You are correct, in the name of economy, newer hulls are designed to plane quicker and at a lower speed. Sacrificing comfort in rough waters. My 1986 4wins was an awesome rough water boat. The newer boats turned me off so I settled for a 'performance hull' Formula which has excellent rough water handling.

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The design of the hull makes a lot of difference in handling rough water. Our previous boat was a 1994 21' Four Winns Horizon, and it handled rough water very well. I didn't worry too much about unexpected conditions on the Broads. Our current boat is a 2006 22' Four Winns Horizon, and it doesn't do well at all. I was really surprised at the difference. The older boat was harder to get on plane -- a much sharper transition. I suspect the manufacturer wanted a boat that was more gradual getting on plane to allow speed changes. But I think the price of that is poor rough water performance.

So if you're routinely on the Broads, make sure your boat is designed for it.
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Old 05-01-2015, 12:48 PM   #31
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Default Boat design and deadrise

If you're concerned about how a boat handles rough water then refer to its deadrise; this is the angle, in degrees, between horizontal (the water surface) and the bottom of the hull at the transom. the value usually ranges from 0 degrees (a flat bottom boat) to 24 degrees (many performance boats). Modern dayboats and cruisers usually have about 18 degrees of deadrise. More deadrise creates a sharper angle at the keel, allowing the boat to penetrate waves more smoothly than a flat bottom.

My 1992 Four Winns Horizon 200 has 21 degrees of deadrise and handles rough water fairly well, but not as well as a friend's 1986 Wellcraft 21' with 24 degrees of deadrise.
A 2015 Four Winns Horizon 200 has 20 degrees of deadrise.
A 2016 TAHOE 550 TS (cheaper, less powerful boat) has 16 degrees of deadrise.
Bayliner doesn't publish deadrise for their boats.
Do you see a trend here?

Lower deadrise allows a boat to plane with less power and lower fuel cost, but at the expense of a smooth ride.
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Old 05-01-2015, 03:24 PM   #32
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If you're concerned about how a boat handles rough water then refer to its deadrise; this is the angle, in degrees, between horizontal (the water surface) and the bottom of the hull at the transom. the value usually ranges from 0 degrees (a flat bottom boat) to 24 degrees (many performance boats). Modern dayboats and cruisers usually have about 18 degrees of deadrise. More deadrise creates a sharper angle at the keel, allowing the boat to penetrate waves more smoothly than a flat bottom.

My 1992 Four Winns Horizon 200 has 21 degrees of deadrise and handles rough water fairly well, but not as well as a friend's 1986 Wellcraft 21' with 24 degrees of deadrise.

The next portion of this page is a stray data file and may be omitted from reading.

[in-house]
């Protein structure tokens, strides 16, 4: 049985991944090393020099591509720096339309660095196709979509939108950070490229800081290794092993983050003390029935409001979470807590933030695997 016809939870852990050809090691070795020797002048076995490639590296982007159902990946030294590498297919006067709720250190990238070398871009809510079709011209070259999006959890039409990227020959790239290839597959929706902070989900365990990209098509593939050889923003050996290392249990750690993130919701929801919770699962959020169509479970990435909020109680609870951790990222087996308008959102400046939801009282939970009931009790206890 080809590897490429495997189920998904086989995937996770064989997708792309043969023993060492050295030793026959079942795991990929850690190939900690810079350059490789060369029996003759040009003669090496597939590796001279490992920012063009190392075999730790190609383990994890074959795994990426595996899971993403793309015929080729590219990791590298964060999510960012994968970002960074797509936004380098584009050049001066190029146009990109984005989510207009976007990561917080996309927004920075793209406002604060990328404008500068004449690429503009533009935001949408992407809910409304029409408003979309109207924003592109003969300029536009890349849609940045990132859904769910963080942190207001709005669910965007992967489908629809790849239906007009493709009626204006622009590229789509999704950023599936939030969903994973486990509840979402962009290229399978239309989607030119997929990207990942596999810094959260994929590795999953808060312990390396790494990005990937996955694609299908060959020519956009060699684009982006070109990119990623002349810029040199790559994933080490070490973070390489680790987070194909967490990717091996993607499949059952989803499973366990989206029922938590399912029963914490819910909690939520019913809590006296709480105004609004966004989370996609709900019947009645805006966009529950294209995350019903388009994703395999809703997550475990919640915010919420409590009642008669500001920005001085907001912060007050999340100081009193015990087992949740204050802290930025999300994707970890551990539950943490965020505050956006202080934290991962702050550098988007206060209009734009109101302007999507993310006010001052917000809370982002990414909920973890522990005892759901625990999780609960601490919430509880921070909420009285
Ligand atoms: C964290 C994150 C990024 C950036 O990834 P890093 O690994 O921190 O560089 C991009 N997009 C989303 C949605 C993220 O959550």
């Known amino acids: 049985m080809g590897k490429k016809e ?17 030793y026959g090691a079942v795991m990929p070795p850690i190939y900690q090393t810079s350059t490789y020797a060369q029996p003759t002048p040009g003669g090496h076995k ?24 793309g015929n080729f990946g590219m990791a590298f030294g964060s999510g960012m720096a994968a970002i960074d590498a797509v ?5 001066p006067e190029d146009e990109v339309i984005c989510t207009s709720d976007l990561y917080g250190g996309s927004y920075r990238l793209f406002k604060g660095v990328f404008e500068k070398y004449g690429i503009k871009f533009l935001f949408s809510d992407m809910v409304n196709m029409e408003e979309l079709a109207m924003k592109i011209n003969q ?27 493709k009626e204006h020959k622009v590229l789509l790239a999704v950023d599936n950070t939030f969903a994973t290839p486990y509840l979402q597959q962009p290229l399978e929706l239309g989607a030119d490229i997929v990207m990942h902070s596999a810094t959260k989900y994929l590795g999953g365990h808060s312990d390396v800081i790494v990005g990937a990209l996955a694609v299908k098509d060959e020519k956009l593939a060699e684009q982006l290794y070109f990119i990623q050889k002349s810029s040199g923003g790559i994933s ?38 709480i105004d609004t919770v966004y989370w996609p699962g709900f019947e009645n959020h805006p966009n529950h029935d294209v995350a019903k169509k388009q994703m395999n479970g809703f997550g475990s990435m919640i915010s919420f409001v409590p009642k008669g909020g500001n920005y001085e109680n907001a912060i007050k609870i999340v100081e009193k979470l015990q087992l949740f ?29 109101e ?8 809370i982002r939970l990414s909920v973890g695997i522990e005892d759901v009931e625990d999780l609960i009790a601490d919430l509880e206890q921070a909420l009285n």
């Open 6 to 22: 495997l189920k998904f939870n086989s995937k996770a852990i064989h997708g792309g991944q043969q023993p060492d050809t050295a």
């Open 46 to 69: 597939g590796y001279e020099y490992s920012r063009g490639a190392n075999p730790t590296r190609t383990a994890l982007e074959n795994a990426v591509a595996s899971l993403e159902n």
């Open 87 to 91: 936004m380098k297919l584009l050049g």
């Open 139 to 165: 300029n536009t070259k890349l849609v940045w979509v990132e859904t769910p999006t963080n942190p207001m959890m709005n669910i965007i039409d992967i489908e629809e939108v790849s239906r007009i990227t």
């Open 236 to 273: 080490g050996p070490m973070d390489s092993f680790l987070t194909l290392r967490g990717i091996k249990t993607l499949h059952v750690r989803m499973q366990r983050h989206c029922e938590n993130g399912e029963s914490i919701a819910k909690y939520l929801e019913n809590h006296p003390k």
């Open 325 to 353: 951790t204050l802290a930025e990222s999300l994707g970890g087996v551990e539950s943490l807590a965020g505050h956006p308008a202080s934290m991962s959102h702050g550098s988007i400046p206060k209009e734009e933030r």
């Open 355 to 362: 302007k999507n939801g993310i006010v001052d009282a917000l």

A 2015 Four Winns Horizon 200 has 20 degrees of deadrise.
A 2016 TAHOE 550 TS (cheaper, less powerful boat) has 16 degrees of deadrise.
Bayliner doesn't publish deadrise for their boats.
Do you see a trend here?

Lower deadrise allows a boat to plane with less power and lower fuel cost, but at the expense of a smooth ride.
Great explanation!!
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Old 05-01-2015, 07:58 PM   #33
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Default The Broads . . .

are chill sometimes.
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Old 05-02-2015, 09:09 PM   #34
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Default Rough in the broads

Nice pic Misha888. On the other hand, today the broads were absolutely flat. No wind, rare boat wakes. Just beautiful, for any size boat.
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Old 05-03-2015, 06:50 AM   #35
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Question And What About Pontoon Boats?

When I'm away in Florida, I see lots of "power catamarans". A description follows here:

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Catamaran hull shapes, especially those with narrow beams, realize hull speeds much higher than the theoretical hull speeds of conventional displacement hulls like sail boats or container ships. This fact, combined with a catamaran’s famous soft ride, results in Glacier Bay’s renowned efficiency and smooth, seaworthy safety. At speed, the Glacier Bay displacement hull slices through the water, traveling with the shape of the seas rather than flying over them and experiencing reentry shock. This results in a stable, smooth ride you and your crew will find incredible, almost unbelievable. In fact, tough sea conditions become something you’ll perversely look forward to because you have equipment other boats can’t match.